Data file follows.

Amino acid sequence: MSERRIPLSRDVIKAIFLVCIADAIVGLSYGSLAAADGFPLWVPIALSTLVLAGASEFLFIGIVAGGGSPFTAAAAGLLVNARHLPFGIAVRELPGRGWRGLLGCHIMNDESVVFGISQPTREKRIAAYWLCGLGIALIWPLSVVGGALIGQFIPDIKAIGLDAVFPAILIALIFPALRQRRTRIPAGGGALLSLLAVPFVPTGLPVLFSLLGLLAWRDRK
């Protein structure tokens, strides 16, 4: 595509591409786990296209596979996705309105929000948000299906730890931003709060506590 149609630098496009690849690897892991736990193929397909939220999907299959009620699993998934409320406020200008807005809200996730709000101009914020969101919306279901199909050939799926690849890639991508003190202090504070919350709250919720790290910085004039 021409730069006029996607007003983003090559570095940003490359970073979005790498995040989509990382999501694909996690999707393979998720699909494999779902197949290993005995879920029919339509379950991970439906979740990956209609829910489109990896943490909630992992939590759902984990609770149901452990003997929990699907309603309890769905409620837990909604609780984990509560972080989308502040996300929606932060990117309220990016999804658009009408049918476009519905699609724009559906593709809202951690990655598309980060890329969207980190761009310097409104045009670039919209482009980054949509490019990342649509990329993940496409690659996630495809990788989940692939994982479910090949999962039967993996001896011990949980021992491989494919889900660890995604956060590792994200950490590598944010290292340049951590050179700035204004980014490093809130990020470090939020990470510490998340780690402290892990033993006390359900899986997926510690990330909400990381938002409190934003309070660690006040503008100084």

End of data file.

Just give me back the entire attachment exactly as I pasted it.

Amino acid sequence: MSERRIPLSRDVIKAIFLVCIADAIVGLSYGSLAAADGFPLWVPIALSTLVLAGASEFLFIGIVAGGGSPFTAAAAGLLVNARHLPFGIAVRELPGRGWRGLLGCHIMNDESVVFGISQPTREKRIAAYWLCGLGIALIWPLSVVGGALIGQFIPDIKAIGLDAVFPAILIALIFPALRQRRTRIPAGGGALLSLLAVPFVPTGLPVLFSLLGLLAWRDRK
């Protein structure tokens, strides 16, 4: 595509591409786990296209596979996705309105929000948000299906730890931003709060506590 149609630098496009690849690897892991736990193929397909939220999907299959009620699993998934409320406020200008807005809200996730709000101009914020969101919306279901199909050939799926690849890639991508003190202090504070919350709250919720790290910085004039 021409730069006029996607007003983003090559570095940003490359970073979005790498995040989509990382999501694909996690999707393979998720699909494999779902197949290993005995879920029919339509379950991970439906979740990956209609829910489109990896943490909630992992939590759902984990609770149901452990003997929990699907309603309890769905409620837990909604609780984990509560972080989308502040996300929606932060990117309220990016999804658009009408049918476009519905699609724009559906593709809202951690990655598309980060890329969207980190761009310097409104045009670039919209482009980054949509490019990342649509990329993940496409690659996630495809990788989940692939994982479910090949999962039967993996001896011990949980021992491989494919889900660890995604956060590792994200950490590598944010290292340049951590050179700035204004980014490093809130990020470090939020990470510490998340780690402290892990033993006390359900899986997926510690990330909400990381938002409190934003309070660690006040503008100084």